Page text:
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Installation of chimney for wood-burning stove can be quick
Feb 12, 2016

Installing a new chimney for a wood-burning stove can be accomplished by a DIYer in a wink of St. Nick’s eye.

The tools required are minimal as modern insulated stove pipe is sold in three or four foot lengths that lock together easily.

If you decide to install a chimney for a wood heater, the retailer will sell you a complete CSA-approved package for a standard pitch roof or a steep pitch cathedral one. Once you have decided where the stove will sit in the house, follow these steps to mount the chimney.

1. Locate the six-inch pipe collar, usually found on the top of new high-efficiency stoves.

2. From a step or extension ladder, drop a plumb bob from the ceiling or roof to the stove below; then move the string until the bob lines up with the centre of the pipe collar. If possible, mark a point between two trusses or joists. This may require adjusting the stove a few inches from its original spot, but it will eliminate the need for an elbow at the ceiling or roof.

3. A ceiling support box is required to carry the weight of the 10-inch diameter insulated chimney pipe that runs through the attic and above the roof line. Using the mark on the ceiling as a centre point, scribe a circle onto the ceiling to the dimension recommended by the manufacturer and cut it out with a reciprocating saw. From the attic, ease the support box into the circular hole, allowing the round base to protrude from the ceiling. In some cases, a metal box welded to the circular base is screwed or nailed to the floor joists or truss chords. As well, two cripples of similar dimension to the joists are nailed between the joists and chords.

4. Lower the first length of insulated pipe into the box, ensuring there are two-inches of clearance between the pipe and combustible material. Attach a stove pipe adaptor to the round base extending from the ceiling by inserting the adaptor into the base and twisting it to the right. It is now safe to continue adding pipe.

5. Determine where the insulated pipe will exit the roof by using a plumb bob as described earlier. Drive a screw through the centre mark so it will pierce the roof and be visible from above. Cripples are nailed between the rafters at this point as well.

6. Carry the chimney flashing onto the roof and center its circular hole over the screw. With a felt pen in hand, reach inside and mark a line on the roof around the circular interior of the flashing. Put it aside and then remove a small patch of roofing material (usually asphalt shingles) to reveal the substrate from which the screw protrudes. Drill a one-inch hole through the substrate and insert the blade of a reciprocal saw into it. From this center point, cut toward the edge of the marked circle and follow its circumference until the disc can be removed. Fit the upper side of the flashing under the shingles using a pry bar to remove roofing nails from under three rows of shingles. About half the width of the flashing should be under the shingles so continue to remove nails until the flat metal slides easily into place. Remove the flashing and coat the underside on all four sides with roofing cement; lay on a heavier coat on the edge that goes under the shingles. Use roofing nails to fasten the flashing to the roof on all four sides, lifting the shingles at the back edge so the nail heads are protected. Cover exposed nail heads with roofing tar. Go easy on the tar as it is usually black and can create an unsightly mess.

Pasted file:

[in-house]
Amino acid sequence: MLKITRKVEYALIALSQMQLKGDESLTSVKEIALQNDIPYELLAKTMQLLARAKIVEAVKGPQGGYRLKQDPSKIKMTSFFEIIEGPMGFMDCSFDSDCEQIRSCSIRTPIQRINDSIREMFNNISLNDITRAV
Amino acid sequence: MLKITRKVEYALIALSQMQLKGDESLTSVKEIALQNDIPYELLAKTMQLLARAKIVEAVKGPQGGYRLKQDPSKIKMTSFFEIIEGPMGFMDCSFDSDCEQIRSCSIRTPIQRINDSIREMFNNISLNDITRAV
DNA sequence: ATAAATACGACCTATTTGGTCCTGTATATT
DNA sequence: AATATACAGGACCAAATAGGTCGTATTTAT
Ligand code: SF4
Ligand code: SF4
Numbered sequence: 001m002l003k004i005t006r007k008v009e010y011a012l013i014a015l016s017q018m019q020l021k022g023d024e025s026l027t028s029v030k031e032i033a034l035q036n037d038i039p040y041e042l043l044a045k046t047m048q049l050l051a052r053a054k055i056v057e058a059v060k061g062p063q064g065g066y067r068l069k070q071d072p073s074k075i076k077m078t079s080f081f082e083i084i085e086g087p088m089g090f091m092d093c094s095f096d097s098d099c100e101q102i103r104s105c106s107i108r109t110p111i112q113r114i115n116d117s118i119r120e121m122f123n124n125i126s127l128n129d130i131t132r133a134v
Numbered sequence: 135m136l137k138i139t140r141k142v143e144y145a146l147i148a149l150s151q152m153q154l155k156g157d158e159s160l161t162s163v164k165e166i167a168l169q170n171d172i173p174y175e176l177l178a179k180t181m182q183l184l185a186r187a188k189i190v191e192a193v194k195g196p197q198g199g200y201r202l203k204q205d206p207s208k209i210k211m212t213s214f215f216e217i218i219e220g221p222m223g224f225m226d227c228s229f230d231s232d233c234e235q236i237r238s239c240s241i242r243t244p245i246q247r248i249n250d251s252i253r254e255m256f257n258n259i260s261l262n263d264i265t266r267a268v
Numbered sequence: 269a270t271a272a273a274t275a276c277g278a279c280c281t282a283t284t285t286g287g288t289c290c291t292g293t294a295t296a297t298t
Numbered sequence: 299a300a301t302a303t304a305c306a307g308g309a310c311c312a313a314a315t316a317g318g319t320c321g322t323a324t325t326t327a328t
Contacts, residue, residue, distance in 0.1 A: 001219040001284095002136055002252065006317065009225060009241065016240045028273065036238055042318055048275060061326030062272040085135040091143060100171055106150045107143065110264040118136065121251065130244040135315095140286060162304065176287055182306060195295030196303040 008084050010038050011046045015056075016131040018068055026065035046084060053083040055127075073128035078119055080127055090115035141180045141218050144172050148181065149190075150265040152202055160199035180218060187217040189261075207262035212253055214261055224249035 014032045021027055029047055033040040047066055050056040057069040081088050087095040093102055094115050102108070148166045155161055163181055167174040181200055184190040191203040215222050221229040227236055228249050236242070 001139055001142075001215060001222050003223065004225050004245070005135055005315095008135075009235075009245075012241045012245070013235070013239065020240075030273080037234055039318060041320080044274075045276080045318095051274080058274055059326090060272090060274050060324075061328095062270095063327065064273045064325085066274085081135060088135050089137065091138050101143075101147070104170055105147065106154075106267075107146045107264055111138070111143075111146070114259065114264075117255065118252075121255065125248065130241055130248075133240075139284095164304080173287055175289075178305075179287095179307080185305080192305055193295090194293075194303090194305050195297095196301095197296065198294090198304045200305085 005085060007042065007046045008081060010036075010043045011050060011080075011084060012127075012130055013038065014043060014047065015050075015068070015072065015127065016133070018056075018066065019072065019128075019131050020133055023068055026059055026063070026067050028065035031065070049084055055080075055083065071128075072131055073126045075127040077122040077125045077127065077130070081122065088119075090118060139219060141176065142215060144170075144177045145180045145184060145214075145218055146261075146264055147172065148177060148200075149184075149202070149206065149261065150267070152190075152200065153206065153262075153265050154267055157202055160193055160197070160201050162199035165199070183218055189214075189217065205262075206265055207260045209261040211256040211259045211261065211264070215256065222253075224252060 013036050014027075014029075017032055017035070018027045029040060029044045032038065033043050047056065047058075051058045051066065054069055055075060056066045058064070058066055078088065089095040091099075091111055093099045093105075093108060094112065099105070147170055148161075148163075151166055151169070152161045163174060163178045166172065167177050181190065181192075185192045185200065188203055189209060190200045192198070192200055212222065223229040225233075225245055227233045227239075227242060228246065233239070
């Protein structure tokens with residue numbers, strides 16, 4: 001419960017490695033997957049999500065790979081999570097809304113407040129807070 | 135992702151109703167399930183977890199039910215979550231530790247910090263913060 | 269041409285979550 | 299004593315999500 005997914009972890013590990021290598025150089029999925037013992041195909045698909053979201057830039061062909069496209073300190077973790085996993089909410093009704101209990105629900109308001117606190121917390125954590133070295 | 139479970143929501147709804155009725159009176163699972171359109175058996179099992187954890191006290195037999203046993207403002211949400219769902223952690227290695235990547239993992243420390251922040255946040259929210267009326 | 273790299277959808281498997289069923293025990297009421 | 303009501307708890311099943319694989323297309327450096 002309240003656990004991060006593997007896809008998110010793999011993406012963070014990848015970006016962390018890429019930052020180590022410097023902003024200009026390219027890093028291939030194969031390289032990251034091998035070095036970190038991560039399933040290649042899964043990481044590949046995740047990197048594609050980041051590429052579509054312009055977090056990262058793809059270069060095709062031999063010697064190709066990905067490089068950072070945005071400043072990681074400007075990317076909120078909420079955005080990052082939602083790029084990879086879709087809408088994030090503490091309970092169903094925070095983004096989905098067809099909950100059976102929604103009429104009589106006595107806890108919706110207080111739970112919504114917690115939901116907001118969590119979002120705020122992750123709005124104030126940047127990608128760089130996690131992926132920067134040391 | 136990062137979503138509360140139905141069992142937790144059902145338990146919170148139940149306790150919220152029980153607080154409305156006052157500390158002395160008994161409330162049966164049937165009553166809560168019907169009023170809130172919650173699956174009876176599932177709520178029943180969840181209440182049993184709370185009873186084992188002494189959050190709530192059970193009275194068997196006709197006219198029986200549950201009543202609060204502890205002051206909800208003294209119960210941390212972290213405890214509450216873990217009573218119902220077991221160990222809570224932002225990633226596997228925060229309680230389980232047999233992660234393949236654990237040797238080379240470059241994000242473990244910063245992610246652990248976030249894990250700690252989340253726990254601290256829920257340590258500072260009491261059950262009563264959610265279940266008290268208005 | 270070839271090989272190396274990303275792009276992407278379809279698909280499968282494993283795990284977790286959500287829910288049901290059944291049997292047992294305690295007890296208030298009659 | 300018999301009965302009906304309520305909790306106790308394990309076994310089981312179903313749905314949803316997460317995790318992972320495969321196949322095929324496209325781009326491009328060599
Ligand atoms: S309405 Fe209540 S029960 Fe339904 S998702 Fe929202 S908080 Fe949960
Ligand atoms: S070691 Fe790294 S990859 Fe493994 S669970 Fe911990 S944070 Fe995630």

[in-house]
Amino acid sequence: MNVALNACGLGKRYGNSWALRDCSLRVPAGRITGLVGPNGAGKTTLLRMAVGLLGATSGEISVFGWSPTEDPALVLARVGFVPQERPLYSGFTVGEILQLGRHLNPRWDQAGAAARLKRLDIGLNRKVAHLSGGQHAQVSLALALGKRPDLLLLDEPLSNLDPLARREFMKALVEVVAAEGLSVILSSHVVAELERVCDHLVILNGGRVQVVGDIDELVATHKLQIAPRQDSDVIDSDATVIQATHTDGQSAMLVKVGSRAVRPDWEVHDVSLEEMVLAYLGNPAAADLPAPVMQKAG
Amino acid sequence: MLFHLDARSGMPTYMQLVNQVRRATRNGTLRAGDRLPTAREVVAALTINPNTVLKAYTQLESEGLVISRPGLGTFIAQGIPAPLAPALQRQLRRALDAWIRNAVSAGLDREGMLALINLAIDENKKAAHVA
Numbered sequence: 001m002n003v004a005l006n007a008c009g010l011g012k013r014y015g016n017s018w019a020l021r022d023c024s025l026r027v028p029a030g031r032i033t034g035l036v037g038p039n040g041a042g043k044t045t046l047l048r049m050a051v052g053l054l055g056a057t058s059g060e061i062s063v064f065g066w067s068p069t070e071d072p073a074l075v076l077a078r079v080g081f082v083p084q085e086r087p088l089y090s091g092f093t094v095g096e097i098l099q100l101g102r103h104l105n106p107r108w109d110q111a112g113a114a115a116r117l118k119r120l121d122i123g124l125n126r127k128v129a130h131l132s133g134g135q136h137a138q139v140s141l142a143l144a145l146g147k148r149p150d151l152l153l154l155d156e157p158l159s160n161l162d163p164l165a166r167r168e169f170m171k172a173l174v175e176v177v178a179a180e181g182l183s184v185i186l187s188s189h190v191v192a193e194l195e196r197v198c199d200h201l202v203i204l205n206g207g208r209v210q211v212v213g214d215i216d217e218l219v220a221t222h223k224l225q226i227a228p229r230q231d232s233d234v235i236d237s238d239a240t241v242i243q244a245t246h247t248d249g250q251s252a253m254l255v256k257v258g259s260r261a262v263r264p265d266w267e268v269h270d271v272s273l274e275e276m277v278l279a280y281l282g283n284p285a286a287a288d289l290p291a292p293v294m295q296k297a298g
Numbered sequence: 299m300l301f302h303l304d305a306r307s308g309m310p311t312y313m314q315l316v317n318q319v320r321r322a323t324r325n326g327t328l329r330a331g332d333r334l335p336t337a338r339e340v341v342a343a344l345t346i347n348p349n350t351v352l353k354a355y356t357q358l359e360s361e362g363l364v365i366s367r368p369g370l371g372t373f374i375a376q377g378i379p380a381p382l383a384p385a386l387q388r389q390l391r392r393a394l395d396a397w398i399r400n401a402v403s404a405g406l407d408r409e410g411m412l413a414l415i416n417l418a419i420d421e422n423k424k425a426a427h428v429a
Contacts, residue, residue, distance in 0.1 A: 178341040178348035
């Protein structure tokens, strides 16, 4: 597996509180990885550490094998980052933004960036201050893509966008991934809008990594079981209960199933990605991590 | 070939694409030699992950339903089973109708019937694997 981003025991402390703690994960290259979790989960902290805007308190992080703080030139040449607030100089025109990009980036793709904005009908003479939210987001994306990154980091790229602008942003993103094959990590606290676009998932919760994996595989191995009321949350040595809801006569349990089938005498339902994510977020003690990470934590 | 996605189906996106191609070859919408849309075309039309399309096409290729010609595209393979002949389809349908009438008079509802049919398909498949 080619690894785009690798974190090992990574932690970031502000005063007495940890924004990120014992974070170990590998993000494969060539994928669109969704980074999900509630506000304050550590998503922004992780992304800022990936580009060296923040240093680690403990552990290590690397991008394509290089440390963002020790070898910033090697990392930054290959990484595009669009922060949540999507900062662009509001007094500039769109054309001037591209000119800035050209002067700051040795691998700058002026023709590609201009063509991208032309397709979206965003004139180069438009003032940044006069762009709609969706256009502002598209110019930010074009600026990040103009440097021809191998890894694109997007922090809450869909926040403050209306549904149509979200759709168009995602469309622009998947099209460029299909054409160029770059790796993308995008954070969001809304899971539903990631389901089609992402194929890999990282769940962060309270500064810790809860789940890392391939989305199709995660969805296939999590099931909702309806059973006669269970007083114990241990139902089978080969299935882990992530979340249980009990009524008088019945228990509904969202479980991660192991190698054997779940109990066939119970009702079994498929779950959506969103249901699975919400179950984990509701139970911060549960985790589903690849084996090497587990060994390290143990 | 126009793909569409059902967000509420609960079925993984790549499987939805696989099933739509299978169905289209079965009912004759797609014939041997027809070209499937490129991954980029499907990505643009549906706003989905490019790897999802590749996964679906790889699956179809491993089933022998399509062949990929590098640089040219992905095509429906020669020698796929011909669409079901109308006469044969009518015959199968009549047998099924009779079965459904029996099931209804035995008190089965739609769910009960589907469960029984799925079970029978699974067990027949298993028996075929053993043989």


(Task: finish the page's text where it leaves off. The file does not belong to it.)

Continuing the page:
7. Continue to stack and lock lengths of insulated pipe until you have reached a height of three-feet above the downward side of the roof’s slope and two-feet on the upward side, within ten feet of the roof. This may sound complicated but a diagram supplied with the chimney makes it easy to understand. (You want to use the least amount of pipe to meet code as it retails for about $300 per three-foot length.)

8. Tighten the storm collar around the space where the chimney passes through the top edge of the flashing’s cone. Use silicone caulking to seal the joint between the collar and chimney, as well as the joint where the cone and flashing are attached. Place the rain cap on top of the chimney by twisting it to the right, locking it into position. In areas with high winds, a metal chimney brace and locking bands around the pipe joints are recommended. Also, if the chimney passes through upper and lower living spaces, a fire stop radiation shield must be installed around the pipe to protect the area between the floor and ceiling. Moreover, an attic insulation shield may be required to prevent insulation from touching the chimney. This shield can be purchased or hand built of wood as long as the two-inch space around the chimney is maintained. 

9. To finish your chimney, connect double-wall stove pipe from the ceiling adaptor to the six-inch collar on your stove. Each joint is held together with high temperature sheet metal screws sold with the pipe. The chances of your pipe being exactly the correct length are slim so telescopic pipe and various adaptors are available to ensure a perfect fit.

10. Cathedral ceiling installations are basically the same. The exception is that a special roof support assembly is required to hold insulated pipe between the rafters.

A chimney with six feet of double-wall pipe and nine feet of insulated pipe costs about $1,200 plus $800 for accessories. Your insurance company may require a DIY installation to be inspected by a Wood Energy Transfer Technology (WETT) expert. Google WETT to find an inspector in your area.